CNN to Pay Record $76 Million in Settlement With National Labor Relations Board

Backpay dispute from 2003 becomes the largest monetary remedy in NLRB history


CNN has agreed to a settlement worth $76 million with the National Labor Relations Board, in a backpay dispute battle involving union workers that had been going on since 2003.

The $76 million is the largest monetary remedy in the history of the National Labor Relations Board. The backpay amount, larger than what the Agency collects on average in a typical year, is expected to benefit over 300 individuals.

“The settlement demonstrates the Board’s continued commitment to enforcing the law and ensuring employees who were treated unfairly obtain the monetary relief ordered by the Board,” General Counsel Peter B. Robb said. A representative for CNN did not immediately respond to TheWrap’s request for comment.

The dispute first started in 2003 after CNN terminated its contract with Team Video Services, which provided CNN video services in Washington D.C. and New York. CNN then hired new employees for the same job without bargaining with the two unions that represented TVS employees. The NLRB said that CNN was trying to operate as a nonunion workplace, telling workers that their prior employment with TVS and union affiliation disqualified them from employment.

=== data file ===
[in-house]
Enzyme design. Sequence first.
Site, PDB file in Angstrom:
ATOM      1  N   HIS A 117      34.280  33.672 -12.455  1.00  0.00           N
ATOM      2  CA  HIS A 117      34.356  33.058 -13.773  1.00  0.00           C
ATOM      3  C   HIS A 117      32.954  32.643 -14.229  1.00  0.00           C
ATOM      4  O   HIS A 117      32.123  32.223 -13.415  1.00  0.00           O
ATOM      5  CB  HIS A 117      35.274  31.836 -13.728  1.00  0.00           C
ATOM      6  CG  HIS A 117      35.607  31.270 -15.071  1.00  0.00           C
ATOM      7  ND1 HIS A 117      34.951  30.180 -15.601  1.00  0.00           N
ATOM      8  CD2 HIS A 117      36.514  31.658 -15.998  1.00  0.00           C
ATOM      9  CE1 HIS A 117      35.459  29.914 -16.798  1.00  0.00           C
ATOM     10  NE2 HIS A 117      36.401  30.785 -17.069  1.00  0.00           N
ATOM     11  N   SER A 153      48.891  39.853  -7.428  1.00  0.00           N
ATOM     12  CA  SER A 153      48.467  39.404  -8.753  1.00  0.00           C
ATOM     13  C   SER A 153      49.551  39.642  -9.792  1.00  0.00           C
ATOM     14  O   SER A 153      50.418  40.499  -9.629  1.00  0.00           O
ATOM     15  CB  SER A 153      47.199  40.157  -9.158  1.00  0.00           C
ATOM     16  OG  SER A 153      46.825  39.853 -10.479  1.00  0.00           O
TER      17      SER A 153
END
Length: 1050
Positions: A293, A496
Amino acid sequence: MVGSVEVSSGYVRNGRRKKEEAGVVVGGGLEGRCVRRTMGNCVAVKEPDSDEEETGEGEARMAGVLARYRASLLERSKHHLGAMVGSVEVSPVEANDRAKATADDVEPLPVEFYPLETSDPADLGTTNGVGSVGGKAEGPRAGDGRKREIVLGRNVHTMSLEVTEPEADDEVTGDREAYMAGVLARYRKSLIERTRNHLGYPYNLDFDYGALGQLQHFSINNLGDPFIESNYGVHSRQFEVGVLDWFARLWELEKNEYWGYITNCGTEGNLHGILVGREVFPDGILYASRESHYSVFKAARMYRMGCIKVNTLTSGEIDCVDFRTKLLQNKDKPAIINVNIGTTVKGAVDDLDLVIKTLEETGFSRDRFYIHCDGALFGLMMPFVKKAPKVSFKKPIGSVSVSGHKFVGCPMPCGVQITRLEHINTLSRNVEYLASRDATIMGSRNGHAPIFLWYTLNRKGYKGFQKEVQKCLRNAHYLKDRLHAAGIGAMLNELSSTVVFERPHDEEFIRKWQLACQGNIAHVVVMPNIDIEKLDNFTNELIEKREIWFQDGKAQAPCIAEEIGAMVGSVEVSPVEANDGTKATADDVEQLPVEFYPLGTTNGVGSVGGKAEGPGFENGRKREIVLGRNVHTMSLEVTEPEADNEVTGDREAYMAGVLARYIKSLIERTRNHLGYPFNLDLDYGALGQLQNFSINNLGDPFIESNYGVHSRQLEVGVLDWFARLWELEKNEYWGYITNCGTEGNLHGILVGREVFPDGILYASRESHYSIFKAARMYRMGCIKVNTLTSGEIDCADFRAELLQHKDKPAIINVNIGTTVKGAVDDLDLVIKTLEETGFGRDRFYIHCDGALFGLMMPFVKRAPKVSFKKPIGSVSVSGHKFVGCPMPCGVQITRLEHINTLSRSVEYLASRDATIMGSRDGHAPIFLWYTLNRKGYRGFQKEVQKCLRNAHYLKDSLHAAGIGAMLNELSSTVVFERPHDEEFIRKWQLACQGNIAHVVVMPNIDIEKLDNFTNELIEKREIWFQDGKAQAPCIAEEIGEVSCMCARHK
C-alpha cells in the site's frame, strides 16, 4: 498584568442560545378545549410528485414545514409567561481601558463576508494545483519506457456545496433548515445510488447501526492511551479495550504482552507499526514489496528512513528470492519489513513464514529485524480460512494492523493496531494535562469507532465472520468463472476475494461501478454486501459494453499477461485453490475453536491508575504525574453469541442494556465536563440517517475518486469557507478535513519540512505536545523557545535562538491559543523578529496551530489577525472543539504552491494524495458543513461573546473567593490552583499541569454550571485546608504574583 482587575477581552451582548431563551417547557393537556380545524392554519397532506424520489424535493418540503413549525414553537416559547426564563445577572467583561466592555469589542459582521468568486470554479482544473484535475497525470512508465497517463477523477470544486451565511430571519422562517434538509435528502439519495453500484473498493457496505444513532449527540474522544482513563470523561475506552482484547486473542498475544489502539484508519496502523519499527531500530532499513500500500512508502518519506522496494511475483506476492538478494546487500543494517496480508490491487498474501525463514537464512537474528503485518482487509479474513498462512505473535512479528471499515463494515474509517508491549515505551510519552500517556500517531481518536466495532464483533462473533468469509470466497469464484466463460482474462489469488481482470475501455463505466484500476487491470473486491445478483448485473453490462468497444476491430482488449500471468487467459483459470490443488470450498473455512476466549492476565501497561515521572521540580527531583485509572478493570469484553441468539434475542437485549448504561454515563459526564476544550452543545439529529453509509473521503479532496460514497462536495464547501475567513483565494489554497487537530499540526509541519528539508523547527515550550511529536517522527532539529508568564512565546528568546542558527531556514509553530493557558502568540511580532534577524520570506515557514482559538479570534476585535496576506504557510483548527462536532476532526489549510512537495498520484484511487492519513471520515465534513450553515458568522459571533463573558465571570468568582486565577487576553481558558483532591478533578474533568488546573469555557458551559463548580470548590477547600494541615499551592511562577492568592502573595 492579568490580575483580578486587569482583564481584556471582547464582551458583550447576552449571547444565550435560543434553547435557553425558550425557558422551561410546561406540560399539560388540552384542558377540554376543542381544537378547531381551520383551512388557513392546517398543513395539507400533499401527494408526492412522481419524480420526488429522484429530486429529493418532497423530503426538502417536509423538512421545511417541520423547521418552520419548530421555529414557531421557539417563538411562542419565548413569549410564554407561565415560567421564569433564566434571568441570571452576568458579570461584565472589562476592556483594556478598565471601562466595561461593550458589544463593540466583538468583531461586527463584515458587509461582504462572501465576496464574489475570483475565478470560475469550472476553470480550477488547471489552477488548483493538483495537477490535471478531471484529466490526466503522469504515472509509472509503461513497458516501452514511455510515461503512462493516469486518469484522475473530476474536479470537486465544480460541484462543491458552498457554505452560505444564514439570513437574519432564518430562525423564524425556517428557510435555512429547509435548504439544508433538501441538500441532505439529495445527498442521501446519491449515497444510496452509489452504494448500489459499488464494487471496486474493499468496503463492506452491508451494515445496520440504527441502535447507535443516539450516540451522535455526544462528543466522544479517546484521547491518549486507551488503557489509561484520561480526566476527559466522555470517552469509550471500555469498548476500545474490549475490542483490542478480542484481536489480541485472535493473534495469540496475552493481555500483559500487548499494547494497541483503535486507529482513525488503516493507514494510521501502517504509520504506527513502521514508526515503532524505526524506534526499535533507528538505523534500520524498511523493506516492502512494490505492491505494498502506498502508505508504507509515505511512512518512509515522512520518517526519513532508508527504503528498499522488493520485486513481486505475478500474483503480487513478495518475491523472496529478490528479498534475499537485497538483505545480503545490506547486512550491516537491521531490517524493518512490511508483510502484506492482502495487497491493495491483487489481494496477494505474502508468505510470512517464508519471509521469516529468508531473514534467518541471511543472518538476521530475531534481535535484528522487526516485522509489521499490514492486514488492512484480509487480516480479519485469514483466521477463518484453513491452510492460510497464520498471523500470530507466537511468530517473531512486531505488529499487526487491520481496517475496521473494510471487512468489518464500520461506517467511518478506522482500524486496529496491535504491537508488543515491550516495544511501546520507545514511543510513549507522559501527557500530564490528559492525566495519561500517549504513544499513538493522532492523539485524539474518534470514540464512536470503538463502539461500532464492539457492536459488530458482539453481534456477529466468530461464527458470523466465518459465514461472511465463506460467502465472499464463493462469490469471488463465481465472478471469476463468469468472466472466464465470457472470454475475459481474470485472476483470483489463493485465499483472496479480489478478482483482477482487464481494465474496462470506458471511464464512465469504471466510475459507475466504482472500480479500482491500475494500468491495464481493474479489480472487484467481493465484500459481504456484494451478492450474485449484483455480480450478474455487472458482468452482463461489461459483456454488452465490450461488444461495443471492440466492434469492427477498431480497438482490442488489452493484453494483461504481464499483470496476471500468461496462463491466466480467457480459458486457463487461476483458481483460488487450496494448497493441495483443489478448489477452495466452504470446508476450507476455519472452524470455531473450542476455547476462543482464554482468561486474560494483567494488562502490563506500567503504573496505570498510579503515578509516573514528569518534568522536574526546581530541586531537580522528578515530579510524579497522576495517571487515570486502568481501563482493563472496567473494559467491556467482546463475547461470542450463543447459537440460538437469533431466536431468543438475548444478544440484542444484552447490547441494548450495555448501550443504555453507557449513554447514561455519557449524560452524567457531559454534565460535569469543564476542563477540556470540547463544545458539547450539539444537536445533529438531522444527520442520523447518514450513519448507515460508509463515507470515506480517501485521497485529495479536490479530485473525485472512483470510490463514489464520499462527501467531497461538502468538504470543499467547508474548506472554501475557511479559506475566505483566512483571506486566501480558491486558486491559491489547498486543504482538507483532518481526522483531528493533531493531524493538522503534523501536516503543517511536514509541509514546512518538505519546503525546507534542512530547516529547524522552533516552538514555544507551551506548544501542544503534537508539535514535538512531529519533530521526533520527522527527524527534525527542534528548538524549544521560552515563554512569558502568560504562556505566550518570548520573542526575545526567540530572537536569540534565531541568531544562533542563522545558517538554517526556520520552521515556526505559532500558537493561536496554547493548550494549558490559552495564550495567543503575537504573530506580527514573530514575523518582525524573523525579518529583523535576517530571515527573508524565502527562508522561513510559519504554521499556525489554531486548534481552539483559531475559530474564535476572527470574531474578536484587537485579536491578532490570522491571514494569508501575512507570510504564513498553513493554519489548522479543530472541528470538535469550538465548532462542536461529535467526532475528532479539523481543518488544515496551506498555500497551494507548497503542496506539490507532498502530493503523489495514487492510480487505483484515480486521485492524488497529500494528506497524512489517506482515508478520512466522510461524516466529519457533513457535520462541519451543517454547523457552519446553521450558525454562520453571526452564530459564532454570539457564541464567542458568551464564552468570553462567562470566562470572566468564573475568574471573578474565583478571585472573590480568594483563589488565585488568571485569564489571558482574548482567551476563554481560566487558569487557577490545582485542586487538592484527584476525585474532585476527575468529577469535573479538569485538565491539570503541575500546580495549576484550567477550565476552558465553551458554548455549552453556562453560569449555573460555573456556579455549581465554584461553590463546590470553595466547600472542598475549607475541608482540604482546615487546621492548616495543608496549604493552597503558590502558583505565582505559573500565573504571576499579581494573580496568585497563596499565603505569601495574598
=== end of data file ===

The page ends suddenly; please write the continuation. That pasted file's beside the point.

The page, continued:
In 2008, an administrative law judge found that CNN violated the National Labor Relations Act. In 2014, the NLRB agreed and ordered CNN to bargain with the unions and provide backpay. In 2017, a panel of the D.C. Circuit Court of Appeals, including Chief Judge Merrick Garland and then-Judge Brett Kavanaugh (now a Supreme Court judge), adopted the majority of the Board’s findings, and enforced the Board’s order that CNN cease and desist from refusing to recognize and bargain with the unions.

All parties agreed to resolve their dispute through the Board’s Alternative Dispute Resolution program.

On Friday, a spokesperson for CNN told TheWrap, “After more than a decade of litigation, negotiation and appeals we are pleased to have resolved a longstanding legal matter.”